World AIDS Day is celebrated every December 1st every year. And it is set aside in order to spread create awareness on Acquired Immune Deficiency Syndrome (AIDS) which is spread by infection from a virus called human immuno-deficiency virus (HIV). The World Health Organization has set this day as a global public health campaign.
Most people are unaware of their status. You can know your status when you go for a test. Most people don’t know their status because of fear-fear of dreaded nature of the disease and its devastating nature as well as the fear of stigmatization.
But the truth is this, getting tested for HIV is now faster than you can think of and you can come out relieved or armed with the right knowledge to improve your health. So, why not confirm your status and keep living your life to the fullest.
Below are some facts you need to know about AIDS
- HIV stands for human immunodeficiency virus. This virus leads to infection and it attacks the immune system. While HIV can be transmitted between people, AIDS is a condition that is acquired only after a person has contracted the HIV infection. AIDS is the final stage of the HIV infection.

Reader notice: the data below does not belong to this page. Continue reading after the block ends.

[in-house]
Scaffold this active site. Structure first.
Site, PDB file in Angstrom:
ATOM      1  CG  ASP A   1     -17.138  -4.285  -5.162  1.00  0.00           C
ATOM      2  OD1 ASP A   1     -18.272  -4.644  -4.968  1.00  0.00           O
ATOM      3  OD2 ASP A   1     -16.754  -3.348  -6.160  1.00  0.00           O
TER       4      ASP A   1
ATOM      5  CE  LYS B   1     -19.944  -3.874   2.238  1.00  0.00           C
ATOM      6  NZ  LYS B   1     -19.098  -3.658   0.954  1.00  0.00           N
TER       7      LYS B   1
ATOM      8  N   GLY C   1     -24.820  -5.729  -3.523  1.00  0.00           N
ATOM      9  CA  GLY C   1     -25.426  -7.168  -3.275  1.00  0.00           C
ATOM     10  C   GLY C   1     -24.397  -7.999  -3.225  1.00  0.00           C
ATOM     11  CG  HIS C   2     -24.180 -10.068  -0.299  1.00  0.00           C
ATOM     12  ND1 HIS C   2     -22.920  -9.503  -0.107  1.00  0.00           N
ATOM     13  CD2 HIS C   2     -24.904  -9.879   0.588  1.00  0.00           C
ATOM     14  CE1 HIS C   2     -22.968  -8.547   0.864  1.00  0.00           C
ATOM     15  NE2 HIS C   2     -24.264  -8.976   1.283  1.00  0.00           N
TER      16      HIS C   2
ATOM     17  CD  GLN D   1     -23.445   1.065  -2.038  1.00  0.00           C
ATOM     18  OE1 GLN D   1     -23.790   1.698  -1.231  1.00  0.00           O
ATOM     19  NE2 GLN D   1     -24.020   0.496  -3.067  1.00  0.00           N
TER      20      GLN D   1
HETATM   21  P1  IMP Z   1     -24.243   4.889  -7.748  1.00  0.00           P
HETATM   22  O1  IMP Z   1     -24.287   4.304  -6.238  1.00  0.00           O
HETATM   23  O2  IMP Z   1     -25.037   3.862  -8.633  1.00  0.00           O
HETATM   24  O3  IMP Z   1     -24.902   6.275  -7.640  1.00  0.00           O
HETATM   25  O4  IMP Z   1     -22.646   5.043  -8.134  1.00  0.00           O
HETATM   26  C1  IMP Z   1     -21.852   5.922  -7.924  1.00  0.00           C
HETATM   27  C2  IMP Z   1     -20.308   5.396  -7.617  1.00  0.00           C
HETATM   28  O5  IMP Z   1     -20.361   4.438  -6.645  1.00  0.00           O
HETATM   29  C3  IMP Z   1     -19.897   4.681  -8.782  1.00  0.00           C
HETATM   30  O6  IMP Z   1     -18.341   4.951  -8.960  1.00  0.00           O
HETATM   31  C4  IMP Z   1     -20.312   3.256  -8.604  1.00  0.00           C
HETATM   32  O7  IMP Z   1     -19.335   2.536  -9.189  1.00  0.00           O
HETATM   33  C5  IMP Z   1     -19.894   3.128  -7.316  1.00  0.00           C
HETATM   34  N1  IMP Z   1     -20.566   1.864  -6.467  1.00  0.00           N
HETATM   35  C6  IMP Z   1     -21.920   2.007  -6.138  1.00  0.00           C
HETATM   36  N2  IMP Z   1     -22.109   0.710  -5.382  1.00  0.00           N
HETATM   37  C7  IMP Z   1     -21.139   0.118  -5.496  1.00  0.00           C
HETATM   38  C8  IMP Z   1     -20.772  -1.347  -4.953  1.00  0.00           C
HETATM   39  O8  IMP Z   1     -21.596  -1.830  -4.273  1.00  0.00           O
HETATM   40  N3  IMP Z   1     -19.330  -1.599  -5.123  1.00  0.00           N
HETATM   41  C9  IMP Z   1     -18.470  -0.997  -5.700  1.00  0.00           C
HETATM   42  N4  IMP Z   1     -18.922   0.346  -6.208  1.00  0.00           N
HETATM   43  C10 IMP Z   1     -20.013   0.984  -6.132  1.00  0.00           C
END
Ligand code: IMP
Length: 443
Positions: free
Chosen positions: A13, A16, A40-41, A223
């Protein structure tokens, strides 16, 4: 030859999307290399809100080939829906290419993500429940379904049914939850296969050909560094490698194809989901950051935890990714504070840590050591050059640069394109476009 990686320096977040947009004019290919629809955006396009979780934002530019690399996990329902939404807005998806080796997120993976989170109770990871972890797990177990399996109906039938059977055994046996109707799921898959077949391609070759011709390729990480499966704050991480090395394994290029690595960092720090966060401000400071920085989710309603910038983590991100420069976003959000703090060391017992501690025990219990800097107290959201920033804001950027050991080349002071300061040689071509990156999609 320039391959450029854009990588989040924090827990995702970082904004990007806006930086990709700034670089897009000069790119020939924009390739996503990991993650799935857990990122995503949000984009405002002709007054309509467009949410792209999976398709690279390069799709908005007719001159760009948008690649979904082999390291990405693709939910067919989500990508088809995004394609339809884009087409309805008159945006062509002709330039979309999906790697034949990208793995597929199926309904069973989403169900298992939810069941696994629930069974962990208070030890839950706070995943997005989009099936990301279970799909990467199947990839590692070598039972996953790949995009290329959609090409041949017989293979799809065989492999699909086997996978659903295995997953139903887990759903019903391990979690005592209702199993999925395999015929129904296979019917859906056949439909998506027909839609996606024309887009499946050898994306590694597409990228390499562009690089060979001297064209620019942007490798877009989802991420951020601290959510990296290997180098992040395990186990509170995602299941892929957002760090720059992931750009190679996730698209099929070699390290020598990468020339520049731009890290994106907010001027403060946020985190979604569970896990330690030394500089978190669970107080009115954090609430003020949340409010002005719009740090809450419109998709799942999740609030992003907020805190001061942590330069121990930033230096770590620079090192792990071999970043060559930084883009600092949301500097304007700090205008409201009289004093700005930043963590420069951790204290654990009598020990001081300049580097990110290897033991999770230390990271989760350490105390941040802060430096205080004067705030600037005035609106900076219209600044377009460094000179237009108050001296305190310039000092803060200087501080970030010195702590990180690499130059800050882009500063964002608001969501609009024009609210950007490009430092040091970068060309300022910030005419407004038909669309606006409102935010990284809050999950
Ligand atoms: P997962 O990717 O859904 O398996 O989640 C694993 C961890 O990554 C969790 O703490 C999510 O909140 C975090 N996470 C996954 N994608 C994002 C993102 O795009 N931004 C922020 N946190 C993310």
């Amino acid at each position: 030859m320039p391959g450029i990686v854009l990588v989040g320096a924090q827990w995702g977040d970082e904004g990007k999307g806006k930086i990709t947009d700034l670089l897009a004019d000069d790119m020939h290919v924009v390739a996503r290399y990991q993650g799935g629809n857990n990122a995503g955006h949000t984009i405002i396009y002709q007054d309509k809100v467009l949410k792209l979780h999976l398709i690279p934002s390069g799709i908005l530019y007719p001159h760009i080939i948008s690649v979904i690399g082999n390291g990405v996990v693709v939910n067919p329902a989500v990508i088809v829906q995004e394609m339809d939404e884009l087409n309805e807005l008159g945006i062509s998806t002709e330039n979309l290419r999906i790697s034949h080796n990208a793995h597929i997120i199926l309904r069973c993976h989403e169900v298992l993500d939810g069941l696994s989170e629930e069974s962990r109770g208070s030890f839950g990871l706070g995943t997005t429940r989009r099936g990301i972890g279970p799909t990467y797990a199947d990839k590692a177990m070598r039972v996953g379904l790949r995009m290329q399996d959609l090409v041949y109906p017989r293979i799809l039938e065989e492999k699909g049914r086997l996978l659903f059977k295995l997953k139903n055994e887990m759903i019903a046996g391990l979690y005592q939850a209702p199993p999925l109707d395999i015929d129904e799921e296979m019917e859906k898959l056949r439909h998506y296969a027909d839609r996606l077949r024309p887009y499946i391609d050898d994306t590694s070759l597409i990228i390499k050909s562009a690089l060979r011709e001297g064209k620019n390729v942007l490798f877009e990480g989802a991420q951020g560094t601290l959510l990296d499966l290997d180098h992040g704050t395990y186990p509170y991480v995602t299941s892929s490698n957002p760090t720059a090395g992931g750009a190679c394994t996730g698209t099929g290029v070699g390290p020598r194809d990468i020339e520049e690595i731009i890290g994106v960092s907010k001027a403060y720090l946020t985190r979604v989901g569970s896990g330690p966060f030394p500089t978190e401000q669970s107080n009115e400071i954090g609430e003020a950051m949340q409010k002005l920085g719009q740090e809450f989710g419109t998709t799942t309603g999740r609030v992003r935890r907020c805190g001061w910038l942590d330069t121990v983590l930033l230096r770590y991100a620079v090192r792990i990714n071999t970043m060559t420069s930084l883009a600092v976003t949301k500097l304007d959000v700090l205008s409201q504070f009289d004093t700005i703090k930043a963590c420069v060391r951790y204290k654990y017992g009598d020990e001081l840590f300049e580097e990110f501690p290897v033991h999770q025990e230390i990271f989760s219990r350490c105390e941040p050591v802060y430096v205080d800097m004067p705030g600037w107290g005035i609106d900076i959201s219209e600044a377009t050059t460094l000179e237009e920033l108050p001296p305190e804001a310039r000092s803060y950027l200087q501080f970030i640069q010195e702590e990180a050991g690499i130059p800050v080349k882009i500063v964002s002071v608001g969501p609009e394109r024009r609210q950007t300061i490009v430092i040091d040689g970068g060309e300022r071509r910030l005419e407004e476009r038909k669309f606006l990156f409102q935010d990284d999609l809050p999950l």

- HIV can be suppressed by combination anti-retroviral therapy (ART) consisting of 3 or more antiretroviral (ARV) drugs. ART does not cure HIV infection but suppresses viral replication within a person’s body and allows an individual’s immune system to strengthen and regain the capacity to fight off infections.
- An estimated 21.7 million people were receiving HIV treatment in 2017. However, globally, only 59% of the 36.9 million people living with HIV in 2017 were receiving ART, according to World Health Organisation.
- Testing is the best way to determine whether you have HIV, but some of the early symptoms are fever, chills, rash, night sweats, muscle aches, sore throat, fatigue, swollen lymph nodes or mouth ulcers.
- HIV self-testing is a process whereby a person who wants to know his or her HIV status collects a specimen, performs a test and interprets the test results in private or with someone they trust. HIV self-testing does not provide a definitive HIV-positive diagnosis – instead, it is an initial test which requires further testing by a health worker.